Washington Labor Law Blog: Insights on the Law for Washington Employers

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What happens if you fire an employee who has given notice?

One of your non-exempt employees, Robert, tells you he is quitting in four weeks. You will be sorry to see him go, but you appreciate the notice.

Over the next few weeks, you find a replacement to start the Monday after Robert’s last day. You start to notice, though, that Robert’s heart is not in his work. He slacks off a lot and talks constantly to coworkers about his future plans. On Thursday of Robert’s last week, you decide you’ve had enough. You are better off without him and tell him you are making Thursday his last day. You do not pay him for Friday because you know you do not have to pay non-exempt employees when they don’t work.

Is Robert eligible for unemployment benefits?

Probably. An employee whose job ends because of a voluntary quit is disqualified for unemployment benefits unless the quit is for “good cause.” The statute sets out a specific list of reasons that constitute good cause and none of the reasons apply here. See RCW 50.20.050. On the other hand, a discharged employee is eligible for benefits absent specific reasons considered disqualifying “misconduct.” See RCW 50.04.294.

Here, and although each case has to be decided on its specific facts, even though Robert was going to work only one more day, his job did not end because he quit. It ended because he was discharged. And because nothing he did would likely rise to the level of “misconduct,” he will probably be eligible for benefits.

If, on the other hand, the employer had paid Robert through Friday, you get a different result. Paying the employee through their notice period preserves the “voluntary quit” nature of the resignation making the employee in most cases, ineligible for unemployment benefits.

 

 

NLRB guidance on acceptable Social Media policies

National Labor Relations Board Acting General Counsel Lafe Salomon today issued a third report on social medial cases brought before the NRLB. The report details seven cases that came before the Board and identifies which policies the Board found unlawfully overbroad and which lawful. The NLRB rules apply to both union and non-union employers. Whether… Continue Reading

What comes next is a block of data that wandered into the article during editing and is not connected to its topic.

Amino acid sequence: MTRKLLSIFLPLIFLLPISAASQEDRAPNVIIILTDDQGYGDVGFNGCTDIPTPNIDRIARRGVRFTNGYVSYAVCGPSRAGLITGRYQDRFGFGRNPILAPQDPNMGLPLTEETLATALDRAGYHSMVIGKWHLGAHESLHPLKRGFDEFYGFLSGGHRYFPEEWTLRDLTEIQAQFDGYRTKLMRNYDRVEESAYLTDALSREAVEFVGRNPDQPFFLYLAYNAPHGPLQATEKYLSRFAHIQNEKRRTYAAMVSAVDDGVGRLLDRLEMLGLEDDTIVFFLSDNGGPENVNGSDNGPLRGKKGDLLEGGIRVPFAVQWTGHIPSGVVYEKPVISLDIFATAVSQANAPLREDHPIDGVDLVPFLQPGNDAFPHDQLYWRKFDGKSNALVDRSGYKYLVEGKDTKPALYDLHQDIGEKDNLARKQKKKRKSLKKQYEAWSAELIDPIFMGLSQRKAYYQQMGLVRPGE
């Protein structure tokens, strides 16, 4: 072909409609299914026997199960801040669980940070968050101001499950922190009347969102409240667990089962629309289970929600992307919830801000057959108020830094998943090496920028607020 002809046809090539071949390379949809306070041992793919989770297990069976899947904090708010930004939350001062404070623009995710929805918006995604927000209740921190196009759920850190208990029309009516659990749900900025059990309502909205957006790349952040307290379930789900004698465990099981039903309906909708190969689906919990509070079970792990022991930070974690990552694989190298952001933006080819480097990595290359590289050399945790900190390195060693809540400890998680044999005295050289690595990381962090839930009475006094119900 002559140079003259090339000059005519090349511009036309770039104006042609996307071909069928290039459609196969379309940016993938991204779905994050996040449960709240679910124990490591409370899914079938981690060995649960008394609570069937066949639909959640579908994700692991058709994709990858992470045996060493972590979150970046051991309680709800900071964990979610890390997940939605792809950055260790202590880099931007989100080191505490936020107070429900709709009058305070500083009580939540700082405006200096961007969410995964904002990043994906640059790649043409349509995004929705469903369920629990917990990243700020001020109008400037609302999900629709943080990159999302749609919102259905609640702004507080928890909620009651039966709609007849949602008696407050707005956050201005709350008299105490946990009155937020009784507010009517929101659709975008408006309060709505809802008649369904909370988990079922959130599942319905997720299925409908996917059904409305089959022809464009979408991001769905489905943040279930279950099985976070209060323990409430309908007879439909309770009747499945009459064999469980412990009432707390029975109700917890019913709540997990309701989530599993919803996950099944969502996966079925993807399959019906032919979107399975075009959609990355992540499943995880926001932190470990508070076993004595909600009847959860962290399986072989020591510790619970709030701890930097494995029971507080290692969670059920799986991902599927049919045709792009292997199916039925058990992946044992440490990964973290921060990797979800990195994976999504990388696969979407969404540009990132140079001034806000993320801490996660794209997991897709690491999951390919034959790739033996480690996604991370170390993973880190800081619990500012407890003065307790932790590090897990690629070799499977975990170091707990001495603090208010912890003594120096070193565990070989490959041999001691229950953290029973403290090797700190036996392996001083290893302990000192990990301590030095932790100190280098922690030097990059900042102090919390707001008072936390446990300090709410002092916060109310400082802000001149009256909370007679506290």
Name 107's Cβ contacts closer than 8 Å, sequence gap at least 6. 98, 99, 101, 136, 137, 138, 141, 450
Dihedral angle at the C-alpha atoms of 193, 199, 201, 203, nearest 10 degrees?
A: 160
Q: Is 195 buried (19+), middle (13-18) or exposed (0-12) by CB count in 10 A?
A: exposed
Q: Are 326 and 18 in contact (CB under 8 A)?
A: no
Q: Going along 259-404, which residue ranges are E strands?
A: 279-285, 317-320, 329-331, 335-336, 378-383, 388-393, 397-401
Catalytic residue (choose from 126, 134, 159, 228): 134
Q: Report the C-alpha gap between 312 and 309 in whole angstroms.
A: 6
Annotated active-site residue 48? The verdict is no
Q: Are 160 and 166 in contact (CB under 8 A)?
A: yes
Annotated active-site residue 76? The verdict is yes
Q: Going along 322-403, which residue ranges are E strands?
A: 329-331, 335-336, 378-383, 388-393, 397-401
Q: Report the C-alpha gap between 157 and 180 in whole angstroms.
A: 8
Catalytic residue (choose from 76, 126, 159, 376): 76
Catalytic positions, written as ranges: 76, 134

Still time to cComment on Seattle’s Paid Sick/Safe Leave Rules

The proposed administrative rules for Seattle’s new Sick/Safe Leave Ordinance are posted here. The period for public comment ends April 30th. If you missed the public meetings, you can still comment via e-mail to rulecomment@seattle.gov or by mail to: Seattle Office for Civil Rights 810 Third Ave., Suite 750 Seattle, WA  98104-1627 Attn:  Paid Sick/Safe… Continue Reading

NLRB administrative law judge concludes discharge for Facebook posts was unlawful.

Hispanics United of Buffalo, (HUB) provides services to low-income clients.  One HUB employee posted the following message on her Facebook account about a coworker, Lydia Cruz-Moore, who had been complaining about coworkers via text messages and who had indicated she was going to take her complaint to management: Lydia Cruz, a coworker feels that we… Continue Reading

Washington Employers Get Rare Break From Supreme Court

Washington employers got a rare break from the Washington State Supreme Court on Thursday in a 5/4 decision (Wiggins did not participate) holding that employees cannot rely on WISHA to state a claim for wrongful discharge in violation of public policy. Matthew Cudney was discharged after complaining to management that his branch general manager was driving… Continue Reading

NLRB Advice Memo Concludes Facebook Post Not Unlawful

In another in a series of advice memoranda from the NLRB regarding social media, the NLRB concluded the discharge of a crane operator because of his Facebook did not violate the NLRA because there was no protected concerted activity.  The Advice Memorandum, regarding Helser Industries, is here. A co-worker of the crane operator informed a… Continue Reading

New Rule Requires Notice of Rights under the NLRA

Today the NLRB issued its final rule requiring that employers subject to the NLRA post a detailed notice regarding employees’ rights under the Act.  The notice sets out a detailed description of employee rights under the NLRA, consequences for violations of those rights, and how to contact the NLRB regarding questions or violations.  The final rule,… Continue Reading

EEOC Presentation on Social Media in the Workplace

You can download my PowerPoint slides from my Social Media in the Workplace presentation at the EEOC’s Annual Seminar in Seattle here. An online database of 177 social media policies is here. The NLRB Acting General Counsel’s summary of social media cases before Board is here. The U.S. Chamber of Commerce’s summary of social media… Continue Reading

Signs That Employees Will Lose Their Discrimination Case

In my experience as a manager before going to law school and in my practice as an management-side employment lawyer, many discharged employees fail to accept any responsibility for the discharge.   How many times has a friend told you, “I was let go for poor performance, and, you know, they were right.”  Instead, the employees… Continue Reading